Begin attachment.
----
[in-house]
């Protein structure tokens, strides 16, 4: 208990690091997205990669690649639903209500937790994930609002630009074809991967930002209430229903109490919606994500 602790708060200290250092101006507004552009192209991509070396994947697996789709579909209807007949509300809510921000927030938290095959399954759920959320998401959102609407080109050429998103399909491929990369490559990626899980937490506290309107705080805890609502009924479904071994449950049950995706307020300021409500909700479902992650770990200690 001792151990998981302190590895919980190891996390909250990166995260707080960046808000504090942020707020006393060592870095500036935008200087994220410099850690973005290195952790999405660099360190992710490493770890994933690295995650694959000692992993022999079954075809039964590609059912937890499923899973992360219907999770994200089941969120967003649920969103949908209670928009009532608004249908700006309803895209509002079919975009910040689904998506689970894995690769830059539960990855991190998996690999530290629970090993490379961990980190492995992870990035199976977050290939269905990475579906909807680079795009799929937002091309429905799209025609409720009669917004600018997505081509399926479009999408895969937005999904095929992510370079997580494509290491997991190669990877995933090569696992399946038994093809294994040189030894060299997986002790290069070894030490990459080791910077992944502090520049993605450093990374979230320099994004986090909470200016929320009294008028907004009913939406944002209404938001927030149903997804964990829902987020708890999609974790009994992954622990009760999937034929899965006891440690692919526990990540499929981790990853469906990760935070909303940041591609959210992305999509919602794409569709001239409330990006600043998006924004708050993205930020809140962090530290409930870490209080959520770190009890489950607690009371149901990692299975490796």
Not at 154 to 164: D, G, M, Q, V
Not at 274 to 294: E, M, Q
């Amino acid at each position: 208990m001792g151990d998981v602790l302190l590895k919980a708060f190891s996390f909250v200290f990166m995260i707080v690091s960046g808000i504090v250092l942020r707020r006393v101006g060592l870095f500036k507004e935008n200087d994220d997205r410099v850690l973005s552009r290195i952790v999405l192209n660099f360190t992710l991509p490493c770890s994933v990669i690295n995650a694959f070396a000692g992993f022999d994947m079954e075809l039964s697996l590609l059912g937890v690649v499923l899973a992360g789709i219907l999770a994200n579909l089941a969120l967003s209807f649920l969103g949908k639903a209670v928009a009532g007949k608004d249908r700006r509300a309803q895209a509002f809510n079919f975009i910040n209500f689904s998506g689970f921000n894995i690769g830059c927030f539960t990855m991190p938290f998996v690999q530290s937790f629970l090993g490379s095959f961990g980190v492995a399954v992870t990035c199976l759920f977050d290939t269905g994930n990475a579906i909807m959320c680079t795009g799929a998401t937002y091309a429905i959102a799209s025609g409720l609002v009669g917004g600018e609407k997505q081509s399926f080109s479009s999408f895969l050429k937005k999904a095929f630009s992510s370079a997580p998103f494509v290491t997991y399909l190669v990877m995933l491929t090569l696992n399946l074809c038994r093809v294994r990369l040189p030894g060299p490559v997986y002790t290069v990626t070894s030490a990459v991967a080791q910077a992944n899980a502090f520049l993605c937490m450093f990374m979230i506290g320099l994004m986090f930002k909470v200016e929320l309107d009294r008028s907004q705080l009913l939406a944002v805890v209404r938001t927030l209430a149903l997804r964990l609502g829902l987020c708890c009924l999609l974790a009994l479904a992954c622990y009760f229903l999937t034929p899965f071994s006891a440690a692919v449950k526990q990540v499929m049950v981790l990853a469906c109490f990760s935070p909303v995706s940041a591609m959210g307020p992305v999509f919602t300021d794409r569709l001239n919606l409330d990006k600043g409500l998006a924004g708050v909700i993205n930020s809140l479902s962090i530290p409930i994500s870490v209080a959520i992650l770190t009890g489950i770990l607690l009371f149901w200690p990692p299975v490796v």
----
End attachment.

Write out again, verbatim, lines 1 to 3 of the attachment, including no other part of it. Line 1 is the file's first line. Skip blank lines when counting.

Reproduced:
[in-house]
């Protein structure tokens, strides 16, 4: 208990690091997205990669690649639903209500937790994930609002630009074809991967930002209430229903109490919606994500 602790708060200290250092101006507004552009192209991509070396994947697996789709579909209807007949509300809510921000927030938290095959399954759920959320998401959102609407080109050429998103399909491929990369490559990626899980937490506290309107705080805890609502009924479904071994449950049950995706307020300021409500909700479902992650770990200690 001792151990998981302190590895919980190891996390909250990166995260707080960046808000504090942020707020006393060592870095500036935008200087994220410099850690973005290195952790999405660099360190992710490493770890994933690295995650694959000692992993022999079954075809039964590609059912937890499923899973992360219907999770994200089941969120967003649920969103949908209670928009009532608004249908700006309803895209509002079919975009910040689904998506689970894995690769830059539960990855991190998996690999530290629970090993490379961990980190492995992870990035199976977050290939269905990475579906909807680079795009799929937002091309429905799209025609409720009669917004600018997505081509399926479009999408895969937005999904095929992510370079997580494509290491997991190669990877995933090569696992399946038994093809294994040189030894060299997986002790290069070894030490990459080791910077992944502090520049993605450093990374979230320099994004986090909470200016929320009294008028907004009913939406944002209404938001927030149903997804964990829902987020708890999609974790009994992954622990009760999937034929899965006891440690692919526990990540499929981790990853469906990760935070909303940041591609959210992305999509919602794409569709001239409330990006600043998006924004708050993205930020809140962090530290409930870490209080959520770190009890489950607690009371149901990692299975490796």
Not at 154 to 164: D, G, M, Q, V